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Vascularization Potential of Electrospun Poly(L-Lactide-co-Caprolactone) Scaffold: The Impact for Tissue Engineering

Arkadiusz Jundziłł, Marta Pokrywczyńska, Jan Adamowicz, Tomasz Kowalczyk, Maciej Nowacki, Magdalena Bodnar, Andrzej Marszałek, Małgorzata Frontczak-Baniewicz, Grzegorz Mikułowski, Tomasz Kloskowski, James Gatherwright, Tomasz Drewa

(Chair of Urology, Department of Regenerative Medicine, Collegium Medicum, Nicolaus Copernicus University, Bydgoszcz, Poland)

Med Sci Monit 2017; 23:1540-1551

DOI: 10.12659/MSM.899659

BACKGROUND: Electrospun nanofibers have widespread putative applications in the field of regenerative medicine and tissue engineering. When compared to naturally occurring collagen matrices, electrospun nanofiber scaffolds have two distinct advantages: they do not induce a foreign body reaction and they are not at risk for biological contamination. However, the exact substrate, structure, and production methods have yet to be defined.
MATERIAL AND METHODS: In the current study, tubular-shaped poly(L-lactide-co-caprolactone) (PLCL) constructs produced using electrospinning technology were evaluated for their potential application in the field of tissue regeneration in two separate anatomic locations: the skin and the abdomen. The constructs were designed to have an internal diameter of 3 mm and thickness of 200 μm. Using a rodent model, 20 PLCL tubular constructs were surgically implanted in the abdominal cavity and subcutaneously. The constructs were then evaluated histologically using electron microscopy at 6 weeks post-implantation.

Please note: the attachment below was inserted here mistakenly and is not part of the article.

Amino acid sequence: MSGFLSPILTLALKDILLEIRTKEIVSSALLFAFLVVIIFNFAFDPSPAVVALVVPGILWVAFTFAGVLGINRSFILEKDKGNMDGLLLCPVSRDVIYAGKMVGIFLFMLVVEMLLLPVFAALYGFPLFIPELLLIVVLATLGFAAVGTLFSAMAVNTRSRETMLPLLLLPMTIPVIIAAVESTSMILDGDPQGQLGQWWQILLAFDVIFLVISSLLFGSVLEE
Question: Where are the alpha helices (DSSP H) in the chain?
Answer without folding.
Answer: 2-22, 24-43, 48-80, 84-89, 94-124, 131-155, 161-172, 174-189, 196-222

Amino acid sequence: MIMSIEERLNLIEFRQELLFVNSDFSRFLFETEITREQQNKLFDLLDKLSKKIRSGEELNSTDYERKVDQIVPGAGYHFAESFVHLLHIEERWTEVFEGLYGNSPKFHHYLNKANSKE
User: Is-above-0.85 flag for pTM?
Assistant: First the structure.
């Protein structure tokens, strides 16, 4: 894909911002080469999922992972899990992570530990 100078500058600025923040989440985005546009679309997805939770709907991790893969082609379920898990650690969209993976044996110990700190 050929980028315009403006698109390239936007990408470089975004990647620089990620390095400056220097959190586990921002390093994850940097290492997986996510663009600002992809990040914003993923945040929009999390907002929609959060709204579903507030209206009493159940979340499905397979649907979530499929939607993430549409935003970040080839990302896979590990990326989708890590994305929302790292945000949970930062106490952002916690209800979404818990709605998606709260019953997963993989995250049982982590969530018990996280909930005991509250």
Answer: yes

RESULTS: Histological evaluation and analysis using scanning electron microscopy showed that pure scaffolds by themselves were able to induce angiogenesis after implantation in the rat model. Vascularization was observed in both tested groups; however, better results were obtained after intraperitoneal implantation. Formation of more and larger vessels that migrated inside the scaffold was observed after implantation into the peritoneum. In this group no evidence of inflammation and better integration of scaffold with host tissue were noticed. Subcutaneous implantation resulted in more fibrotic reaction, and differences in cell morphology were also observed between the two tested groups.
CONCLUSIONS: This study provides a standardized evaluation of a PLCL conduit structure in two different anatomic locations, demonstrating the excellent ability of the structure to achieve vascularization. Functional, histological, and mechanical data clearly indicate prospective clinical utilization of PLCL in critical size defect regeneration.

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